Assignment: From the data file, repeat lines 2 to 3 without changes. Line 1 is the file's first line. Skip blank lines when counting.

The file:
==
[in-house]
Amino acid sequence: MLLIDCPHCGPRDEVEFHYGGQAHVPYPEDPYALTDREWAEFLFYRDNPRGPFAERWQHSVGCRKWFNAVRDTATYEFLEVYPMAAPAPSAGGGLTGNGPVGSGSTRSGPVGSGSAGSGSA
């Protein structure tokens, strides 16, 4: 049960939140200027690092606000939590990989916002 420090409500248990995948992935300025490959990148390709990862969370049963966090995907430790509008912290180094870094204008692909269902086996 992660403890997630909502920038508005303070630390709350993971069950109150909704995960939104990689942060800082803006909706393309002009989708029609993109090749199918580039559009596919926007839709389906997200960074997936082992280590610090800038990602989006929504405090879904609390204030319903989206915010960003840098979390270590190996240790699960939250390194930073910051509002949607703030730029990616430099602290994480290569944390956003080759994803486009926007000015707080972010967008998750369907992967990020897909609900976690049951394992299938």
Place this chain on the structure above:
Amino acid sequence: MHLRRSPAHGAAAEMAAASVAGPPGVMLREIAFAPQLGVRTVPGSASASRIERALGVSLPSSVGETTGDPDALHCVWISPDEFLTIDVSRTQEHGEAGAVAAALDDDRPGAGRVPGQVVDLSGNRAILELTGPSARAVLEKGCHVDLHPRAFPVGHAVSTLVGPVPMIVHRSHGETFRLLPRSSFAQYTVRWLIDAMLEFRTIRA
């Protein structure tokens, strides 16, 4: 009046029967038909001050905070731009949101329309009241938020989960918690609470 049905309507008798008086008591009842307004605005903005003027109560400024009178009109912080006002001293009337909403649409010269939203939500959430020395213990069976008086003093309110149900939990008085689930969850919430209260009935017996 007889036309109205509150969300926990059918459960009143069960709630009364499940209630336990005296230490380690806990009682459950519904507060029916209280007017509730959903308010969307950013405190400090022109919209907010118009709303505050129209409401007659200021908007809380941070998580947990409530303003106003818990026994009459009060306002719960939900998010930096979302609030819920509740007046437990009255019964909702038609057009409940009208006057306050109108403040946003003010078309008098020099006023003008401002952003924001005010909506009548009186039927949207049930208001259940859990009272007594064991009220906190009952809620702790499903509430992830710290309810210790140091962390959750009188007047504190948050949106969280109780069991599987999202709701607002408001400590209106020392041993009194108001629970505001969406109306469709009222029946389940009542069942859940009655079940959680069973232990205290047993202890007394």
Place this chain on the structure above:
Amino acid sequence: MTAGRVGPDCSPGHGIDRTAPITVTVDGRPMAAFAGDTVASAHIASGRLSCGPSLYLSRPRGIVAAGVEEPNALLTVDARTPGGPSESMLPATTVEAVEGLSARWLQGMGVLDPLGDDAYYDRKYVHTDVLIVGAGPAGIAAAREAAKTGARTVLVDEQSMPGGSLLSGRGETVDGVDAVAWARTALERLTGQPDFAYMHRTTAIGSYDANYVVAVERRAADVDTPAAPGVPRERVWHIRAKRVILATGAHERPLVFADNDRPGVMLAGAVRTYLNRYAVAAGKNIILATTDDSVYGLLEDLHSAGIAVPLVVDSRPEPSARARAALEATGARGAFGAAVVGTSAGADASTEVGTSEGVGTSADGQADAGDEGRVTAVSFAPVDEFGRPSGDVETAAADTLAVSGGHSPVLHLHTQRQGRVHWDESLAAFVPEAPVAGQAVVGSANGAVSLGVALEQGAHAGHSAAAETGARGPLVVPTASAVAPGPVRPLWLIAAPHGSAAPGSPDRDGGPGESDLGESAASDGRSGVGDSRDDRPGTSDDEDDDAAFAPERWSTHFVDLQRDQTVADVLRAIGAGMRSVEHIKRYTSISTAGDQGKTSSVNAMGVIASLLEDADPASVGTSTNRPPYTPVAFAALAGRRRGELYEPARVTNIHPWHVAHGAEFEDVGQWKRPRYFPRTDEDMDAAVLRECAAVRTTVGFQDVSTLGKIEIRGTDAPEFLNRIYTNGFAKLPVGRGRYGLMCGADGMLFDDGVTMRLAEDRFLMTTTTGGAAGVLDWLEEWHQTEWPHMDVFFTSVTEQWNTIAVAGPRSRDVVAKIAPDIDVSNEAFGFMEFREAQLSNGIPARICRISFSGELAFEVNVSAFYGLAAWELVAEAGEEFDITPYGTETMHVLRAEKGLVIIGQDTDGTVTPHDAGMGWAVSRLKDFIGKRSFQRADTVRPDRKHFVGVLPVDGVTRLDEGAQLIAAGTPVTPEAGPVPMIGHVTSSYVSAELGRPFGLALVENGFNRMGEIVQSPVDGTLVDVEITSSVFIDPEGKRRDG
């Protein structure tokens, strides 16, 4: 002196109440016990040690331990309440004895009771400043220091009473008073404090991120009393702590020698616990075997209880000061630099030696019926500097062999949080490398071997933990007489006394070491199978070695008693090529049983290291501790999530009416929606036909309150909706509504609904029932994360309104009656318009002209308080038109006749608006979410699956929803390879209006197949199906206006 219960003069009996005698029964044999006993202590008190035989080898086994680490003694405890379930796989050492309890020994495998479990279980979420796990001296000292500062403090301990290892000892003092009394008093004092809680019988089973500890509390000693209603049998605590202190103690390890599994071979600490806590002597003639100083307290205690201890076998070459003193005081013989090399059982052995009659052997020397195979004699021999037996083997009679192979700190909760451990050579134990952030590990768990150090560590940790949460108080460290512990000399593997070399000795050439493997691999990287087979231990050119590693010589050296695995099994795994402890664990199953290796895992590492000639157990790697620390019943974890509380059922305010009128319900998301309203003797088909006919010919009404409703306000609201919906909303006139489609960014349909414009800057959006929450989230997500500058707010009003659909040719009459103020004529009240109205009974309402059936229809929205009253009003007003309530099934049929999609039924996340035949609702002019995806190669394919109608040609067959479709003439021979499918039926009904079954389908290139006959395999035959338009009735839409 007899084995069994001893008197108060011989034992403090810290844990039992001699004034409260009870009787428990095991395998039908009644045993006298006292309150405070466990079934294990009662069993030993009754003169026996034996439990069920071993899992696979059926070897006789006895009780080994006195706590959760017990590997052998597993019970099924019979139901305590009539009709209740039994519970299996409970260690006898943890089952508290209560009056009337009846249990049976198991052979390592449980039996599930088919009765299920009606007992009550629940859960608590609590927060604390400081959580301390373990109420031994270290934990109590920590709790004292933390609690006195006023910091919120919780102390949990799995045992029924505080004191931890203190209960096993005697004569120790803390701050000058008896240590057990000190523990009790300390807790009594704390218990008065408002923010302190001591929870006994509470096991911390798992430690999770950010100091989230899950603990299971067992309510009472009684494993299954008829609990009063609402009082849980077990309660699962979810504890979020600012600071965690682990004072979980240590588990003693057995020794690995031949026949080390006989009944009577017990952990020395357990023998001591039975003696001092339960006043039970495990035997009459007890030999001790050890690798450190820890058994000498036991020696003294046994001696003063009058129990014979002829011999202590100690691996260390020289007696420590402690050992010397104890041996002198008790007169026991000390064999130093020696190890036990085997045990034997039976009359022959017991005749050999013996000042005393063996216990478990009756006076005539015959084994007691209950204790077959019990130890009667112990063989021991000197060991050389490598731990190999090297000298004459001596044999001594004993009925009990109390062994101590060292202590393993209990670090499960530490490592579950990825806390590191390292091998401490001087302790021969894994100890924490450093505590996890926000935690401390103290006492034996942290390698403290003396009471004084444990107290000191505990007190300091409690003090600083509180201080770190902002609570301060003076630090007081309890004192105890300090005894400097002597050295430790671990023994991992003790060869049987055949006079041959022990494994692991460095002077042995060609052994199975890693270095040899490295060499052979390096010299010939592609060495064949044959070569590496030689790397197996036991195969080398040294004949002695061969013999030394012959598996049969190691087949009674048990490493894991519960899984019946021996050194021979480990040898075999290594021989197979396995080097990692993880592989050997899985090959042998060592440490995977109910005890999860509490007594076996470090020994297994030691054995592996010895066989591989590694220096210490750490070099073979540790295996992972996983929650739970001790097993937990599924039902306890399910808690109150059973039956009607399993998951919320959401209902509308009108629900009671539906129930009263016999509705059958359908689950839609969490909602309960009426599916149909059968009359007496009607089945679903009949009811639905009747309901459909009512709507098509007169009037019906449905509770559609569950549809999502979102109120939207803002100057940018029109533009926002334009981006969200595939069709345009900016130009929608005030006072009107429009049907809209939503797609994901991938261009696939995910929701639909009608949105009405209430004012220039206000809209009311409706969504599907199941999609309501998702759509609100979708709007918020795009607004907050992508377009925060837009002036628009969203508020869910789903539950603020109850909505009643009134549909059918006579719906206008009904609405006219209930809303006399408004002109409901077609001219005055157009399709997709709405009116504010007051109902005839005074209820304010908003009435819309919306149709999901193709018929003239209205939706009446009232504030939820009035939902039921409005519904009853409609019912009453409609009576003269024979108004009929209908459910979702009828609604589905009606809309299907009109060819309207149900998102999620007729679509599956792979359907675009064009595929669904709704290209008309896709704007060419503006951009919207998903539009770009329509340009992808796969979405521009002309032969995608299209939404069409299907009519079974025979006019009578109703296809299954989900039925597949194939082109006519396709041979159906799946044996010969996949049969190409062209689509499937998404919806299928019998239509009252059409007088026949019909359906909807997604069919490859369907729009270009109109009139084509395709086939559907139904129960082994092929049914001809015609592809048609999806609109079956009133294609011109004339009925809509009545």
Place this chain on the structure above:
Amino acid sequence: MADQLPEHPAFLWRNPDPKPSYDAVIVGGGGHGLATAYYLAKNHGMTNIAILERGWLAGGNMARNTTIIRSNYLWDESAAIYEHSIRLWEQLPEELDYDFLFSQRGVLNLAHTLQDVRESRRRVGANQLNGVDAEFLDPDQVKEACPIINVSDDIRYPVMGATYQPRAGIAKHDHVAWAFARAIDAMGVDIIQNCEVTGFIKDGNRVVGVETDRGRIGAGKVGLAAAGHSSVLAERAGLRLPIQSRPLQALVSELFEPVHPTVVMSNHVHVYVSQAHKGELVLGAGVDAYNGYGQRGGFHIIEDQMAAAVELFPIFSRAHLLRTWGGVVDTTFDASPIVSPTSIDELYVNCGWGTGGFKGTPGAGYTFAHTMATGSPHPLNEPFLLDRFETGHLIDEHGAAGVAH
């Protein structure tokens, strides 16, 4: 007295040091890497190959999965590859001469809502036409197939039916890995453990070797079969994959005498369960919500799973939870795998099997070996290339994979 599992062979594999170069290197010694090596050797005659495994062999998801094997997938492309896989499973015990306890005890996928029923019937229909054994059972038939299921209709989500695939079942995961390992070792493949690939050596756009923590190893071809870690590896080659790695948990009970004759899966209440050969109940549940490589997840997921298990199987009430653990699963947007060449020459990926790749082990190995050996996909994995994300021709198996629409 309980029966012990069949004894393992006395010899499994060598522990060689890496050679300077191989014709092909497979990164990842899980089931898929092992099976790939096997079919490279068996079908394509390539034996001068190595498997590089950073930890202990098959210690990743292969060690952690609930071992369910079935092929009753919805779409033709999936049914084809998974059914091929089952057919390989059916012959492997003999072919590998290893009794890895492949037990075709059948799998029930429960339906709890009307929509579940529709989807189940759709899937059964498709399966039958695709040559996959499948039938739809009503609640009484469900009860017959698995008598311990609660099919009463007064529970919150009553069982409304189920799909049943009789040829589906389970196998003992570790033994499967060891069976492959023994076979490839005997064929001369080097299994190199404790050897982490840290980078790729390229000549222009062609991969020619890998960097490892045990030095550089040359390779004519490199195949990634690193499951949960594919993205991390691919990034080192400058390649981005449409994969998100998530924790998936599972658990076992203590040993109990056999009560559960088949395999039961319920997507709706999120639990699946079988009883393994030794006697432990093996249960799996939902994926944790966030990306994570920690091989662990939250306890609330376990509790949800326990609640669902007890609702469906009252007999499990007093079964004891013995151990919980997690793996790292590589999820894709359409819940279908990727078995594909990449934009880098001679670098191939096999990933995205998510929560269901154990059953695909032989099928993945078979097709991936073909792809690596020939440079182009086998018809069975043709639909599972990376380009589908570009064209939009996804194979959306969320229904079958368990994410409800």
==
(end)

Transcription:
Amino acid sequence: MLLIDCPHCGPRDEVEFHYGGQAHVPYPEDPYALTDREWAEFLFYRDNPRGPFAERWQHSVGCRKWFNAVRDTATYEFLEVYPMAAPAPSAGGGLTGNGPVGSGSTRSGPVGSGSAGSGSA
């Protein structure tokens, strides 16, 4: 049960939140200027690092606000939590990989916002 420090409500248990995948992935300025490959990148390709990862969370049963966090995907430790509008912290180094870094204008692909269902086996 992660403890997630909502920038508005303070630390709350993971069950109150909704995960939104990689942060800082803006909706393309002009989708029609993109090749199918580039559009596919926007839709389906997200960074997936082992280590610090800038990602989006929504405090879904609390204030319903989206915010960003840098979390270590190996240790699960939250390194930073910051509002949607703030730029990616430099602290994480290569944390956003080759994803486009926007000015707080972010967008998750369907992967990020897909609900976690049951394992299938």